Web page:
I don’t like the new light bulbs. There, I said it, and I feel better.
I know the new bulbs are supposed to be far more energy efficient, but I’m not convinced that will be the case. People like me don’t care for the new bulbs’ milky dimness, and I think many people will try to compensate by clustering lamps around, looking to make up through quantity what the bulbs lack in quality. If you are using many bulbs where before you were happy with the sharp light cast from one 100-watt bulb, are you really saving much energy?
And what about their costs? I’m confident the lack of 100-watt light is affecting my eyesight; reading a book for too long in the twilight glow of a 60-watt bulb gives me a headache. Could this be part of an elaborate governmental plan, borrowed from a cheap sci-fi thriller, to make Americans toss aside their books, turn on their TVs, and turn their brains into more malleable, disinterested mush?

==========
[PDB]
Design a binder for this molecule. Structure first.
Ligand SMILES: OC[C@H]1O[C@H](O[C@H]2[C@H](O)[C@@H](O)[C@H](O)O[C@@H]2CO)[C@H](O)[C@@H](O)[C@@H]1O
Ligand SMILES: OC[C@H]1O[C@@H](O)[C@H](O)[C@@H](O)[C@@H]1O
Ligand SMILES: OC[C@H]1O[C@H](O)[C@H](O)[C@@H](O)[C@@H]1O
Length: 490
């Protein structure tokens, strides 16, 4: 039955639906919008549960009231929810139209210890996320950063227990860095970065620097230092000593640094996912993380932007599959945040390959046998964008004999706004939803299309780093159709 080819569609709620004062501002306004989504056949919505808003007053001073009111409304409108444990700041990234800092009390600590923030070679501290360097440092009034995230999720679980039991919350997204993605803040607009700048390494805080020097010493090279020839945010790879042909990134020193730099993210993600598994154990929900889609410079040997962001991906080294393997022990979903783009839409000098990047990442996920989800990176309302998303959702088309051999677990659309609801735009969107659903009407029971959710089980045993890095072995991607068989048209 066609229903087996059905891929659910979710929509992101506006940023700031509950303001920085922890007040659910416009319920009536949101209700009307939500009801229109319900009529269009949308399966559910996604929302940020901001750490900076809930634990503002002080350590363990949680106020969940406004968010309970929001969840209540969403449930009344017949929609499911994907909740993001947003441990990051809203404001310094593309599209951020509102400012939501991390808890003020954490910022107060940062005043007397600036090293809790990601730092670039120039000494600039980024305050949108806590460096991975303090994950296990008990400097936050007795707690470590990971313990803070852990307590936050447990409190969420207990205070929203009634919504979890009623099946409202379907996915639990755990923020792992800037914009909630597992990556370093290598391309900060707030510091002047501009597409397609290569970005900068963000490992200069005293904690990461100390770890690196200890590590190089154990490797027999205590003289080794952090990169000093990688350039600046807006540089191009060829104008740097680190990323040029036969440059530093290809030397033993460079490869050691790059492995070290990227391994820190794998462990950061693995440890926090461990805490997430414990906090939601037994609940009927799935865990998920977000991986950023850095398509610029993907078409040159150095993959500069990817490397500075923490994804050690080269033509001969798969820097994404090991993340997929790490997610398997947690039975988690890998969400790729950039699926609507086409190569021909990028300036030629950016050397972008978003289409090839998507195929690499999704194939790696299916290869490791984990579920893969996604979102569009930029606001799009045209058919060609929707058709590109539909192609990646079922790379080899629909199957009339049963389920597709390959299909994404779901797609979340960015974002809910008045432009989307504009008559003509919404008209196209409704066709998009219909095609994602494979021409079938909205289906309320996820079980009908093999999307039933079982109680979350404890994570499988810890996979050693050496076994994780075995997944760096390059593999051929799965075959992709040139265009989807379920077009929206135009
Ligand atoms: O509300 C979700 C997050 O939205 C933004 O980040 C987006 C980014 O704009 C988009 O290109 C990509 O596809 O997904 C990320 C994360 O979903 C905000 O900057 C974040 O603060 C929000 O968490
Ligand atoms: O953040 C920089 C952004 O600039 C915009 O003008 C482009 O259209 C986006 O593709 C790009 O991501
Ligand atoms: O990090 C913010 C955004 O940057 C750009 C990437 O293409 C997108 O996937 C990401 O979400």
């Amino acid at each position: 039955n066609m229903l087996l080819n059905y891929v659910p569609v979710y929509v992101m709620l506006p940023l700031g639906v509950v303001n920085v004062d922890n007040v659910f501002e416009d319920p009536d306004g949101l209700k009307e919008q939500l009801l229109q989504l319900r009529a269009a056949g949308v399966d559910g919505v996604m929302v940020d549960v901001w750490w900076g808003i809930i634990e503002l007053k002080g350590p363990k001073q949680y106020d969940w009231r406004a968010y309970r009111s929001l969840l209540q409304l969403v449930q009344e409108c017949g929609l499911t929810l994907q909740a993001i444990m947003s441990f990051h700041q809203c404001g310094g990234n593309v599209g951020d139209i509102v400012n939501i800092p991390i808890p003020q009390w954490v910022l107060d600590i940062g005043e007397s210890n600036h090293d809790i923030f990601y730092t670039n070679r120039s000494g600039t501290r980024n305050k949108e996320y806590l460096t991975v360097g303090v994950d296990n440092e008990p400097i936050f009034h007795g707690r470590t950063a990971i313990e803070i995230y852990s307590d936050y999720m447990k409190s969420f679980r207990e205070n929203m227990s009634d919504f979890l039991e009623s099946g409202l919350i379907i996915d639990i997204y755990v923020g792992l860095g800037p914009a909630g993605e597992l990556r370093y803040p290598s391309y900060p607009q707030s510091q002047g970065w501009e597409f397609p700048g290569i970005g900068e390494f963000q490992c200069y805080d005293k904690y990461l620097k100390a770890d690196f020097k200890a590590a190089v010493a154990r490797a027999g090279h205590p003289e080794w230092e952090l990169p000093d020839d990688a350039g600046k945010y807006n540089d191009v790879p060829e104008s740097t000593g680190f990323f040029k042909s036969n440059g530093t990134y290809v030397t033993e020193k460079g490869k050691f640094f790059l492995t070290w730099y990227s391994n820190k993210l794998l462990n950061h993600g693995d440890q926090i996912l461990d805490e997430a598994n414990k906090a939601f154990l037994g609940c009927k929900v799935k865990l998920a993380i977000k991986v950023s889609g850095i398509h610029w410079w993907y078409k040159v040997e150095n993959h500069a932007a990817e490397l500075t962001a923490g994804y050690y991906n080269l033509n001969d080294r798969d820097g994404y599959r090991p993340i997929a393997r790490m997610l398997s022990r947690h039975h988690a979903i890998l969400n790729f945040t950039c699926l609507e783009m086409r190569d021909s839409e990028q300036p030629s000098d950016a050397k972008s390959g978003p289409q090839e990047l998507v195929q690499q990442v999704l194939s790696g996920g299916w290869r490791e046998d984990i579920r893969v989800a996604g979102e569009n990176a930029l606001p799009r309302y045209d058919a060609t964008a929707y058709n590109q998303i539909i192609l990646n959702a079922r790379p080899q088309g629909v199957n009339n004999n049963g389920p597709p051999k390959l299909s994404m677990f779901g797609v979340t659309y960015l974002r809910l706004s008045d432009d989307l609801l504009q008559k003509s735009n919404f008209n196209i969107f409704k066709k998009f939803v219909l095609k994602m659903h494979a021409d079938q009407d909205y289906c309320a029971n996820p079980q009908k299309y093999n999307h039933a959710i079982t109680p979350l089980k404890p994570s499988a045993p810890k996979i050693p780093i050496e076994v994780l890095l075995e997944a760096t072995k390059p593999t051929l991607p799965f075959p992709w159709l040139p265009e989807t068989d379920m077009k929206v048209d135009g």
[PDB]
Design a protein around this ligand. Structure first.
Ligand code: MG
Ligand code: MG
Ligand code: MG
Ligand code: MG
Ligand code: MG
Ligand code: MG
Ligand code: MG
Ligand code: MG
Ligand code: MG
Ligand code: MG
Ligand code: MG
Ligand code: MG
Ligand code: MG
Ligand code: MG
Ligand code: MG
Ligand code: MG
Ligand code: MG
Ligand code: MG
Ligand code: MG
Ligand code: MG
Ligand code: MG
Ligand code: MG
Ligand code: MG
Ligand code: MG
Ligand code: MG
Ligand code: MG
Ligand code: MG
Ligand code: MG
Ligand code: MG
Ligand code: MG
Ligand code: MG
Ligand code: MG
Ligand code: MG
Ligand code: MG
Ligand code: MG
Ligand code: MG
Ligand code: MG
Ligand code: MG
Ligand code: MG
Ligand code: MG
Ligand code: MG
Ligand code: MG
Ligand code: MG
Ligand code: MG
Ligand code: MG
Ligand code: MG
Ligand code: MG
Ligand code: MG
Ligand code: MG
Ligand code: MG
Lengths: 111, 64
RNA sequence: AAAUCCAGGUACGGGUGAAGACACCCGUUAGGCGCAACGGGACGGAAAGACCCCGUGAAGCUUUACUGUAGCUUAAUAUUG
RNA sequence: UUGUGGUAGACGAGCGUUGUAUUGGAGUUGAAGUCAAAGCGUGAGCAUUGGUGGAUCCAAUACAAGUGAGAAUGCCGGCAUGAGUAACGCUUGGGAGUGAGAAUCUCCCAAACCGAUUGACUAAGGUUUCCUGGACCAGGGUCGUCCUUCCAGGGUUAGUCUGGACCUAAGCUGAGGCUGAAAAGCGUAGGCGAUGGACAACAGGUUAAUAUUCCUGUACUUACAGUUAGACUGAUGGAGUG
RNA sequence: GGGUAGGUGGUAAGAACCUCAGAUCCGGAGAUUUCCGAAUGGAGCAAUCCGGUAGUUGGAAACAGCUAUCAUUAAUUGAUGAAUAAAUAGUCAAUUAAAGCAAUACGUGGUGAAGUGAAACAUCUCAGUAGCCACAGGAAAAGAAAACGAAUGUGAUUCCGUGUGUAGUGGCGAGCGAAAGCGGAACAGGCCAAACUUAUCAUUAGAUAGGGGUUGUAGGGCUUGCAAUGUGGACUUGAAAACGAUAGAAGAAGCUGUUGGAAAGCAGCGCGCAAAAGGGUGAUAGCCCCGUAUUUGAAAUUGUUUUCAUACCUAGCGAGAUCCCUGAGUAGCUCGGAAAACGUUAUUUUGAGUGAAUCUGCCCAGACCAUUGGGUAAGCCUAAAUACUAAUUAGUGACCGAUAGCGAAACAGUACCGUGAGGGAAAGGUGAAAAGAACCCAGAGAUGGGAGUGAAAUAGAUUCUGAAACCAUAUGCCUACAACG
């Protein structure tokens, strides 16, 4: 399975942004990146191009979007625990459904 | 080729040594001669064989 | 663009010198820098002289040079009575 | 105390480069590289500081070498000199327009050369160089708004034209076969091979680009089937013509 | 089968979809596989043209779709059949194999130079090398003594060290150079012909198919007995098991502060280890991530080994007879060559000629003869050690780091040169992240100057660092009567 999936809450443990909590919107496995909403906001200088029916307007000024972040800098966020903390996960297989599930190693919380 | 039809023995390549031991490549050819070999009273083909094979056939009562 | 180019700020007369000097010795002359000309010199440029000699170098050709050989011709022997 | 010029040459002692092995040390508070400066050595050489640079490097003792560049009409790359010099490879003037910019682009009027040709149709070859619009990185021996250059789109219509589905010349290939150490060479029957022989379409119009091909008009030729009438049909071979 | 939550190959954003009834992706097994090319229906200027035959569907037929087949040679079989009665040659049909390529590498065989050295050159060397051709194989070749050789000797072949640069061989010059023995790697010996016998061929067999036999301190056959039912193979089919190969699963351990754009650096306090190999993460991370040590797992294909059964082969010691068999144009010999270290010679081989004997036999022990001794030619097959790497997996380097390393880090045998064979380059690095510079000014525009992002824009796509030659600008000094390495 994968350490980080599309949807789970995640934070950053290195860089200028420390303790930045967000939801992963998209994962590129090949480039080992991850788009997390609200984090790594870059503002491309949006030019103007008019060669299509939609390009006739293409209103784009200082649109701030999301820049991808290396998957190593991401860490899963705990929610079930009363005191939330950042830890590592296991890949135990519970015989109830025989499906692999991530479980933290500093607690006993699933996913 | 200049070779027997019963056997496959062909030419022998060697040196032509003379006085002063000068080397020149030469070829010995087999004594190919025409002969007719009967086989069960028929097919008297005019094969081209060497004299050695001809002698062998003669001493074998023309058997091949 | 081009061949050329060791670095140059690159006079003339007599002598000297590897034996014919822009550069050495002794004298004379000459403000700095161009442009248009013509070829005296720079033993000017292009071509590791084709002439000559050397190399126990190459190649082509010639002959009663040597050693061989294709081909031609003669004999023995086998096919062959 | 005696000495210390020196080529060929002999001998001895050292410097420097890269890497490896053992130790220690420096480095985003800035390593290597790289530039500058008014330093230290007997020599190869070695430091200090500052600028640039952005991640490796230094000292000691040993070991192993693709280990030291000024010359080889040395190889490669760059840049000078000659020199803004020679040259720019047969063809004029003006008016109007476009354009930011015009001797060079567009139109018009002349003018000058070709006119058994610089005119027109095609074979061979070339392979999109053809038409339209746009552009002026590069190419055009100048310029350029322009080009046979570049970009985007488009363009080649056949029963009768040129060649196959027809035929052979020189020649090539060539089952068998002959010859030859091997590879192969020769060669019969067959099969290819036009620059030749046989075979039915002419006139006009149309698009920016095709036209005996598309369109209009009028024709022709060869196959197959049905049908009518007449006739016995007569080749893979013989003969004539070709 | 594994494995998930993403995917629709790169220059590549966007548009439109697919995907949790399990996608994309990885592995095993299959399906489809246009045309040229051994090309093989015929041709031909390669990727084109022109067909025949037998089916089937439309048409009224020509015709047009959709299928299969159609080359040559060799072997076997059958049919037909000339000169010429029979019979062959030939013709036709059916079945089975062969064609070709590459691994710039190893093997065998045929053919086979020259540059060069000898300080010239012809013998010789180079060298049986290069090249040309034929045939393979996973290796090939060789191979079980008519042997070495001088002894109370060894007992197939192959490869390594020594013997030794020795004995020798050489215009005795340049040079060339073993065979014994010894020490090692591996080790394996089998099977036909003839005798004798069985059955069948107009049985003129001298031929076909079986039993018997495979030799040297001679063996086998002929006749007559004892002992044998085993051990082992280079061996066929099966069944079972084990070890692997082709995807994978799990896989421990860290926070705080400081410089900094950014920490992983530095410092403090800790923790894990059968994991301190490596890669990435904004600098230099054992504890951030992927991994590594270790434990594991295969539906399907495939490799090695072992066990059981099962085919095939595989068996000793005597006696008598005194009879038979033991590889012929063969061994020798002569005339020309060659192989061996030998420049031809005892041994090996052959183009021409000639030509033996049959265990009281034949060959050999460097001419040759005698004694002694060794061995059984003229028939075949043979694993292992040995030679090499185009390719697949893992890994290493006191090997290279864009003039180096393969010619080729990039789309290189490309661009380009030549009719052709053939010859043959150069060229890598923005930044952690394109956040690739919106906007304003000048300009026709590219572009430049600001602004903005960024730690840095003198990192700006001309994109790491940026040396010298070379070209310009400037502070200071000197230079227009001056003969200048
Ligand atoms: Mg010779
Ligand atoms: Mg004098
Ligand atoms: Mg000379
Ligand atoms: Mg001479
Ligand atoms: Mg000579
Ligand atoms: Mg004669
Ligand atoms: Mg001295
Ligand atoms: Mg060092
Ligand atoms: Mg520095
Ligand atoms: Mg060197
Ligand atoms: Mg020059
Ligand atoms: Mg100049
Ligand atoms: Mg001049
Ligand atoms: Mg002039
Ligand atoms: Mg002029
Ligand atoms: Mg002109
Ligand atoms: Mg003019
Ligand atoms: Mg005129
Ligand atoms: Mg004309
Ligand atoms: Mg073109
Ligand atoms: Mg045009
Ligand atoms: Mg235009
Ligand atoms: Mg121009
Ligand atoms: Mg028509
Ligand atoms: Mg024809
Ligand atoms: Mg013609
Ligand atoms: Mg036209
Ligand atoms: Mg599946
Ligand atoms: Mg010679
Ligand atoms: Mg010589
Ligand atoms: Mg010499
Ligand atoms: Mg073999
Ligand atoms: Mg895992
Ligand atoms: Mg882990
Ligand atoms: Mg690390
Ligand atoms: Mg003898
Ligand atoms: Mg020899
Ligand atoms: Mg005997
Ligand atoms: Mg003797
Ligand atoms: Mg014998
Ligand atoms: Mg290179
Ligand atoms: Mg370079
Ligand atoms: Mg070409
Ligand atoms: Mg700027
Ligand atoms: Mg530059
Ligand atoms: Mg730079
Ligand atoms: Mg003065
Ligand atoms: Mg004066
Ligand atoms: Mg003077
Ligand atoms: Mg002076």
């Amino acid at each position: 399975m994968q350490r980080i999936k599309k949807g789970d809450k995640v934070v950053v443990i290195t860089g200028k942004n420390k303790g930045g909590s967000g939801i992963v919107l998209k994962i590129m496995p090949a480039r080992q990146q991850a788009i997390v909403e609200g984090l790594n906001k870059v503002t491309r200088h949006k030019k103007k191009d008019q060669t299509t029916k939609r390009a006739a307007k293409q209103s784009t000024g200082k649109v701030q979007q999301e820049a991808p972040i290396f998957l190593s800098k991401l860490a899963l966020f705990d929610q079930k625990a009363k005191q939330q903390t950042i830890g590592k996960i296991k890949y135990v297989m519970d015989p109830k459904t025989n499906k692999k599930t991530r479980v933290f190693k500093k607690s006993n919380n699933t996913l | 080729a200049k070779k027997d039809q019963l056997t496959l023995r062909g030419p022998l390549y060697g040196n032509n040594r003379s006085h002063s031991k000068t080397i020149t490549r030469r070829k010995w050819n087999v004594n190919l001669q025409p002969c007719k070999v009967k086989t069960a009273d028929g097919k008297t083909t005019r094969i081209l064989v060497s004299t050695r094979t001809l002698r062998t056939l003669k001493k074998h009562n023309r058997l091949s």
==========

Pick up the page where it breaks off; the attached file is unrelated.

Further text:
Speaking of costs, we know that the new bulbs are more expensive — a lot more expensive. The next generation of energy-conserving bulbs, an LED bulb produced by Philips, will go to market costing $60. $60! It’s supposed to last 20 years, but does anyone really believe that — and if they did, would they pay $60 for one measly light bulb? If Americans are irked by $4-a-gallon gas, how are they going to react when buying one light bulb costs as much as a fill-up of a 15-gallon gas tank?
In America, production of 100-watt bulbs has ceased, production of 60-watt bulbs (which I think are too dim) is being phased out, and soon production of 40-watt incandescent bulbs will be banned. In short, our government is causing us to spend more and more for less and less light. It’s something to ponder while we enjoy the romance of candlelight.
What does this mean for our society and culture? I’m not sure, but I think it’s hard to move boldly into the future when you’re stumbling in the darkness.